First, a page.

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Posted by MDViews on December 10, 2008

Small town medicine is personal. A winter evening splashing and playing with my children at the Friday night YMCA open swim in Burlington, IA in about 1986 found me using my CPR skills on a 12 year old boy who nearly drown. The frantic shouts of a 17year old lifeguard tore my attention away from my children as he hauled the limp body of a young swimmer from the deep part of the pool. The other lifeguards quickly directed the multitude of other swimmers out of the pool area. I sent my children out, exited the water and approached the victim and his rescuer, identifying myself as a doctor. The stark fear and anxiety on the face of the young lifeguard, who couldn’t have been more than 16 years old, eased somewhat as he realized he had done his job and would not have to revive the child. I checked. The lifeless-appearing youngster had a pulse. A good pulse. Strong. But he was not breathing. I started mouth-to-mouth, thankful for his youth and the light breaths it took to ventilate him. He started to cough and sputter after about 45 seconds. Another minute and he opened his eyes and started to struggle. He did not yet know where he was or how close he had come to death. He looked dazed and confused, but sat as the ambulance crew arrived. The hospital ER looked him over and sent him home after a few hours of observation.
At church about a week later, a very shy young man said a weak ‘thank you’ and handed me a card as he stood close to his mother. His mother was a single mom, a minority woman on welfare who had two sons. I encountered her youngest at the pool, the shy young man who delivered the thank-you card. After several years, he and his family quit attending our church and I lost touch. But that winter evening will be one I’ll not forget.
About four years later, while jogging on the 15-laps-to-a-mile track at the same YMCA, a staff member caught my attention as I rounded near the door.
“A man collapsed in the hall downstairs. A nurse has started CPR. Could you help?” he asked urgently.
I ran down the stairs three at a time (I could do that back then), through the door and into the main hall. A large elderly man lay on the floor with a small crowd around him. He probably weighed 250lbs with a barrel chest and the type of clothing you would see on a retired farmer from our area. As I moved closer, I could see blood on his face, cheeks, mouth, nose and blood splatter marks on the floor. A nurse from the hospital where I worked pumped up and down on his chest, counting “One, two, three, four…” By that time, I was at his side. I could see the nurse was getting tired. She glanced at me with recognition and said he had collapsed, falling forward, which accounted for the blood splatters and blood on his face, mouth and nose. I volunteered to ventilate, getting two breaths for each of her five compressions. The 911 call went out, but no ambulance crew came for 20-30 minutes. We switched from ventilating to chest compressions and back again as our fatigue increased. Occasionally, we felt for a pulse, but found none. Prior to my arrival, my now CPR partner ripped open his shirt exposing a long vertical mid-line chest scar, obviously from previous open heart surgery. At that time in our history, a major source of HIV was contaminated blood from transfusion. Anyone who had undergone a coronary artery bypass procedure had been exposed to at least six units of banked blood. He had undergone two bypass procedures, his frail wife relayed to us as we kept working on him. We were exposed to banked blood, at least 12 units. Both of us. When the paramedics arrived, they were able to start a line, administer meds and defibrillate him with some success. He left the YMCA unconscious with the paramedic bagging him with oxygen. And he had a pulse.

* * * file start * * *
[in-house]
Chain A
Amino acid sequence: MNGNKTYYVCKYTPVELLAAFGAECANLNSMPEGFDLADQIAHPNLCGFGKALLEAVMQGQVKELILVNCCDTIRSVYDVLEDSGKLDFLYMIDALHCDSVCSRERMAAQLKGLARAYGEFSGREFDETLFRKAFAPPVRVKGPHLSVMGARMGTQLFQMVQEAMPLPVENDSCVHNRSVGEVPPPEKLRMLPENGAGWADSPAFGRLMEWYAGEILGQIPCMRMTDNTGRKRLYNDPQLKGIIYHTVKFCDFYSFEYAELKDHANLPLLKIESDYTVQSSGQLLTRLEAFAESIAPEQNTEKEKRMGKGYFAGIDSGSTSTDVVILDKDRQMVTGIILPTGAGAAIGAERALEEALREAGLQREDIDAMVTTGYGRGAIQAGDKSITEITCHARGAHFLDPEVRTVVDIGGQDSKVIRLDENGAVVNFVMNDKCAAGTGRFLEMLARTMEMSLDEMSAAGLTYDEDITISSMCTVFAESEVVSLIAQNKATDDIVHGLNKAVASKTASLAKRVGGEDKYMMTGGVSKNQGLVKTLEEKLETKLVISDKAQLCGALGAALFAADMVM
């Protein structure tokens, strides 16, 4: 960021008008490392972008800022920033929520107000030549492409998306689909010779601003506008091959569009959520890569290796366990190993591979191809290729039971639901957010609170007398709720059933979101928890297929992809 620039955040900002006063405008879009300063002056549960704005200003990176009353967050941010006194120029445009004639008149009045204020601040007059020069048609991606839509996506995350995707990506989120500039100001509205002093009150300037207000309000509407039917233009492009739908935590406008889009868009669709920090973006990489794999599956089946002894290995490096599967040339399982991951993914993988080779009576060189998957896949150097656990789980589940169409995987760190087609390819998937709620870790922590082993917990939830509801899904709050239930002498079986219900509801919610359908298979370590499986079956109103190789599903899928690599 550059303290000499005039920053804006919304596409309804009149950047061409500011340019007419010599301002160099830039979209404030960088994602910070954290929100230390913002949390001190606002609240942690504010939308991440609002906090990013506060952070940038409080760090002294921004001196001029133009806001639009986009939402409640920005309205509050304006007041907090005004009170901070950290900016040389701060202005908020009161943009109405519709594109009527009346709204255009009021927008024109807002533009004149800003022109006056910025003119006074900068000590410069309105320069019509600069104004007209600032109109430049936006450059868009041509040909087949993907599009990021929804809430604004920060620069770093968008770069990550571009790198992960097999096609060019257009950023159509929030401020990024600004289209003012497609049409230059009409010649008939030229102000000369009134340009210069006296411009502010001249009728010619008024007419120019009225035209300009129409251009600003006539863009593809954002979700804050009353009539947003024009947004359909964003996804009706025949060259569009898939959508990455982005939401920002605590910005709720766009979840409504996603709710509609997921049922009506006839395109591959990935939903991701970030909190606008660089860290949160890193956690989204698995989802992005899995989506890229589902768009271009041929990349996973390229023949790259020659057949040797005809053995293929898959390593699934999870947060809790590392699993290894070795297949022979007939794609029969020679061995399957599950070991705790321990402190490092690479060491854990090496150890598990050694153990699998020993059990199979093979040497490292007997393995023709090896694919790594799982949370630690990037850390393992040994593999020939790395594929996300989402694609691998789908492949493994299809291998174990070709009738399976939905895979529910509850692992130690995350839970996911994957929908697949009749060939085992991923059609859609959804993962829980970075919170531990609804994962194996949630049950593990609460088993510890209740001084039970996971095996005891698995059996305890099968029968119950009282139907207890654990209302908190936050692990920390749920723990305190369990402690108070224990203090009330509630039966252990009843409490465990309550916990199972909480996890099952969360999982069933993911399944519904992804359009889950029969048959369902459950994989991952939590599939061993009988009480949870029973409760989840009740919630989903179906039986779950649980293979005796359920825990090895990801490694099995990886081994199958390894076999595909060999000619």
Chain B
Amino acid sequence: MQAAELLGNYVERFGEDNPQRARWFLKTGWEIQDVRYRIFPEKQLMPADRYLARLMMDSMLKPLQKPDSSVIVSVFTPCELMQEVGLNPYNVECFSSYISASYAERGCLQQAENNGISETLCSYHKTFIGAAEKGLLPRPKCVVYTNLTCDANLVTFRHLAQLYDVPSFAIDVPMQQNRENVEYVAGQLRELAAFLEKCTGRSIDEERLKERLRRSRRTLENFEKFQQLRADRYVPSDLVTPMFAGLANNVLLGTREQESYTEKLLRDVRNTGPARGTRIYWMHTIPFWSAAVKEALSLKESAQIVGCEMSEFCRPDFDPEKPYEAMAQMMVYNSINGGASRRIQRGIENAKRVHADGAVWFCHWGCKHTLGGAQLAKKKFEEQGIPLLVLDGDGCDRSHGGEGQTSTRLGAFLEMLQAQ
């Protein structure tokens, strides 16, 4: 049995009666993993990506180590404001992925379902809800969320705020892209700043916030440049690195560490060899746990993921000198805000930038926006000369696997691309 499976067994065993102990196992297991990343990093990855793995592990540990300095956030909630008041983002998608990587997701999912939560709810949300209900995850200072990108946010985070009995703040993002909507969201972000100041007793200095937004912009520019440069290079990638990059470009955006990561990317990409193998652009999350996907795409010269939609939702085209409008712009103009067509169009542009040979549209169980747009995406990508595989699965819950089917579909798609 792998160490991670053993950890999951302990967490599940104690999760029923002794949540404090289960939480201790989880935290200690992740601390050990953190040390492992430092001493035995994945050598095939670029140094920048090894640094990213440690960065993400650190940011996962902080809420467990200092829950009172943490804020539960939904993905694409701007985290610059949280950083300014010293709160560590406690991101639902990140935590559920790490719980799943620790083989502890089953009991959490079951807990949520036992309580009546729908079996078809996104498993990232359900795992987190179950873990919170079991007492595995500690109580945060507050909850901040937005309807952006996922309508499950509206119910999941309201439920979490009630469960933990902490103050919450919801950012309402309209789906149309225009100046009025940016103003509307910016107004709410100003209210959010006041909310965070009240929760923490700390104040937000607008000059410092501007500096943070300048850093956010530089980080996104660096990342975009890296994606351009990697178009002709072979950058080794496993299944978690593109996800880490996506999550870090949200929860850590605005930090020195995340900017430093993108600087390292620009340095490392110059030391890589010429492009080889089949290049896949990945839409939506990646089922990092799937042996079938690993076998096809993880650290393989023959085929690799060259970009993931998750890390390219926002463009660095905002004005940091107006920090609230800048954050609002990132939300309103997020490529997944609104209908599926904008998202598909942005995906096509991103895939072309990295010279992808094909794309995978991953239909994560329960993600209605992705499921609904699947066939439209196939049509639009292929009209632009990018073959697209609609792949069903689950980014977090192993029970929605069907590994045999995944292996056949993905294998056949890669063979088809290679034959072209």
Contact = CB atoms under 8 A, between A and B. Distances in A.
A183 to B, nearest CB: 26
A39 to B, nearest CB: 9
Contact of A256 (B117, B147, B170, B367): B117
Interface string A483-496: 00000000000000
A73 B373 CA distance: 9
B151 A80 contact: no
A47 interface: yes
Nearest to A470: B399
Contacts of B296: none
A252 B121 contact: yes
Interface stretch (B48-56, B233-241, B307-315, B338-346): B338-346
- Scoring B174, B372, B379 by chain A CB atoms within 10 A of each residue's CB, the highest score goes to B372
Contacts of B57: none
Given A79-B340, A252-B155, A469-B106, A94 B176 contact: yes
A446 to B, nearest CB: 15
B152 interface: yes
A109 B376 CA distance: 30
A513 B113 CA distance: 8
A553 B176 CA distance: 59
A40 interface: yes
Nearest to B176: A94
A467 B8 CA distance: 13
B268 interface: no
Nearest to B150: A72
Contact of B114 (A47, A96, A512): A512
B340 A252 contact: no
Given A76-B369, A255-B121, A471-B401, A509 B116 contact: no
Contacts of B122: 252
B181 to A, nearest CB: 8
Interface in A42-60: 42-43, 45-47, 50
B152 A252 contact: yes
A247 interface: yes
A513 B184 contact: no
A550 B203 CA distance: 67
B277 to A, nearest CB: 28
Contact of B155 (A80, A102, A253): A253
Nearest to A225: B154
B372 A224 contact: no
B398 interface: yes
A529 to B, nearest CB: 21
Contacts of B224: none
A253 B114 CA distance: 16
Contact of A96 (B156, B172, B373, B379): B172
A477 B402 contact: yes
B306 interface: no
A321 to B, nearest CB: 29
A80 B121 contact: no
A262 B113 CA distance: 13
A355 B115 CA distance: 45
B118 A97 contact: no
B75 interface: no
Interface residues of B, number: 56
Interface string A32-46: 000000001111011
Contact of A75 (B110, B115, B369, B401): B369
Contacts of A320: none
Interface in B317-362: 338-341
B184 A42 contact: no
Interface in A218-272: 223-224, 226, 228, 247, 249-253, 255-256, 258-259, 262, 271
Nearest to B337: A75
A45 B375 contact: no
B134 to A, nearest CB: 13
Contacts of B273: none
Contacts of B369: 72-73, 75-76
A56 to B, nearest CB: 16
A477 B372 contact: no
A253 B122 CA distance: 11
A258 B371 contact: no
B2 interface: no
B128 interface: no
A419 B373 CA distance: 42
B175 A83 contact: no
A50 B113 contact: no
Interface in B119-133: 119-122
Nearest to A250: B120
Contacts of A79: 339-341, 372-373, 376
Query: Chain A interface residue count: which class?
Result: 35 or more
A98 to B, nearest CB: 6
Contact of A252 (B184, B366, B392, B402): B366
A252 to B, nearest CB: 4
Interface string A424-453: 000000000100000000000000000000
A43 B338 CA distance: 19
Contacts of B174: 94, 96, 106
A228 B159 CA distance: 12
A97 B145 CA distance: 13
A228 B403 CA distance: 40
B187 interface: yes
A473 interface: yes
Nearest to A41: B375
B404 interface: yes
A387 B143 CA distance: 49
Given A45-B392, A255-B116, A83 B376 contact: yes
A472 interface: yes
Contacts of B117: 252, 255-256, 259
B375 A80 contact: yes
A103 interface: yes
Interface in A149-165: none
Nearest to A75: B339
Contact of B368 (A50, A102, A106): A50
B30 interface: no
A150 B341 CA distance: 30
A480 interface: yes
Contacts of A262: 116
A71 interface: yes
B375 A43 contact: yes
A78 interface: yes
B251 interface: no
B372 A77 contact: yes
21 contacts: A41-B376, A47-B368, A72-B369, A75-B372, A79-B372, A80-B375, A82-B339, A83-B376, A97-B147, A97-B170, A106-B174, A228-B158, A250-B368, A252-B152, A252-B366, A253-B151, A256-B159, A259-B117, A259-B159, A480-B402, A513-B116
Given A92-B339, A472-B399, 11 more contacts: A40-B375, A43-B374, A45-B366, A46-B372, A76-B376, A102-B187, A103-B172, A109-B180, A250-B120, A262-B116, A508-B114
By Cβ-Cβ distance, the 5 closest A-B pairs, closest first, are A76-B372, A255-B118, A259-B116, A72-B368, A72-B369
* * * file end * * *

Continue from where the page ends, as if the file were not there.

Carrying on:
Later, I learned that he lived through the night, but died the next day. His wife sent a thank-you for our efforts. Neither of us tested positive for HIV.
Two stories, both true. Two outcomes. The common thread, using the medical skills I possess in an emergency situation. Rare situations as I’m sure you know, but who can predict events of tomorrow? For you or me? I thank God for the training I’ve received, the skills I have and the privilege to practice this most satisfying profession of medicine.

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